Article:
Annual and Perennial Herbs
Herbs repel pests, attract helpful insects, and generally bring the garden into balance. Planting herbs nearby improves the growth and yield of most vegetables.
Annual herbs will generally do well in the bed with vegetables. Most herbs will want to be planted in spring after all danger of frost is past and the soil is warm; exceptions are clearly noted. Most of these are easy to grow. Many are members of the carrot family, like dill, parsley, and cilantro.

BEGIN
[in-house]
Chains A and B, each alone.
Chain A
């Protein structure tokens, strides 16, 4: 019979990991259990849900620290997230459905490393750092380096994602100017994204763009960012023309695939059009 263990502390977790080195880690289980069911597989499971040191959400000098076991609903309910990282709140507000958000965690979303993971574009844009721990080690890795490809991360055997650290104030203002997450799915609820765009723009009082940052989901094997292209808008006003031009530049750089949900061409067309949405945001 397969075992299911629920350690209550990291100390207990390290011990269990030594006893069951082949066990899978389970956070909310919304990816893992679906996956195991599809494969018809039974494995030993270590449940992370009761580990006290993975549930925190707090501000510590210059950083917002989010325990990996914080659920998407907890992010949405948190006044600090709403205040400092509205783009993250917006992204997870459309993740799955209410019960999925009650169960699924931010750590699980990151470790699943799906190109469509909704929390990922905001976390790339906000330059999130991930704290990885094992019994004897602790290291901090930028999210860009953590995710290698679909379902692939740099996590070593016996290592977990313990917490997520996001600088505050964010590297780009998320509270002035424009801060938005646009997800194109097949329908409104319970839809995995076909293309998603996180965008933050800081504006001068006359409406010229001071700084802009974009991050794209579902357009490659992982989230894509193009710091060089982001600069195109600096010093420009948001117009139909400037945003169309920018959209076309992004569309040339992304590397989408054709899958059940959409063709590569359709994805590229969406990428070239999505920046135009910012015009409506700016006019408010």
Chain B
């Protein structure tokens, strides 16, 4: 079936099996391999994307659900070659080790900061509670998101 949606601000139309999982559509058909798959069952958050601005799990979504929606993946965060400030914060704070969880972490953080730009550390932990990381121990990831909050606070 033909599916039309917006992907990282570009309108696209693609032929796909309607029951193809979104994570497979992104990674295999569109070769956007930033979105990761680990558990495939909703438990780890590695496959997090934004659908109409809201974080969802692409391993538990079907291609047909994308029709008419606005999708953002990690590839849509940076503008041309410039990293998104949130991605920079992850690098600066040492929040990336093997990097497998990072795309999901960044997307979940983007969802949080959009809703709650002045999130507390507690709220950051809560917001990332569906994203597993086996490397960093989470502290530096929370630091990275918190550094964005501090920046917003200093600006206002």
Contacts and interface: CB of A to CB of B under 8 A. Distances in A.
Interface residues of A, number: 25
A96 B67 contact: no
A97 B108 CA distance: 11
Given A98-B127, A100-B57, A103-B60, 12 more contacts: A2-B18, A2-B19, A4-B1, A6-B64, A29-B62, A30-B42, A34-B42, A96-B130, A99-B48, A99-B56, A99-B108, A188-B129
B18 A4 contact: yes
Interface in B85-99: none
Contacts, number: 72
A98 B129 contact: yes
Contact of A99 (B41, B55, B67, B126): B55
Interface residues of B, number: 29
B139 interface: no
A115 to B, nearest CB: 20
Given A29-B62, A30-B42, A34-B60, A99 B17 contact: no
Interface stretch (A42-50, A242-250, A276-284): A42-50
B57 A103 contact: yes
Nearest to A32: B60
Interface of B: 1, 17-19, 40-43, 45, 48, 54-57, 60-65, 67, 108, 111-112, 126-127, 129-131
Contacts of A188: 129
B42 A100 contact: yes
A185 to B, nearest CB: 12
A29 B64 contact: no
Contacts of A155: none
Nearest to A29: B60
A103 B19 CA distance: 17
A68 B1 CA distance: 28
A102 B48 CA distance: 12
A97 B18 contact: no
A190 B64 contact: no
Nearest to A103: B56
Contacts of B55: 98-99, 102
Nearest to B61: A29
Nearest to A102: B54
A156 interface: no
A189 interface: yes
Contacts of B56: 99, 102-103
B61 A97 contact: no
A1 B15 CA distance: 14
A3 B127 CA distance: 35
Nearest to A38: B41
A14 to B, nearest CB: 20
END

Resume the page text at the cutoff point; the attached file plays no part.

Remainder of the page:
Perennial herbs may take a while to sprout. Starting them in pots will prevent the seeds from being disturbed or forgotten in vegetable or flower beds. See The Medicinal Herb Grower in our book section for excellent advice on growing herbs and indeed all sorts or perennials, trees, and shrubs from seed.
Codes used in the Herb descriptions:
B=biennial (lives 2 years)
TP=tender perennial (perennial in frost-
Days to Maturity figures are really just for comparing between varieties within a category. Actual days will vary from location to location, depending on garden conditions.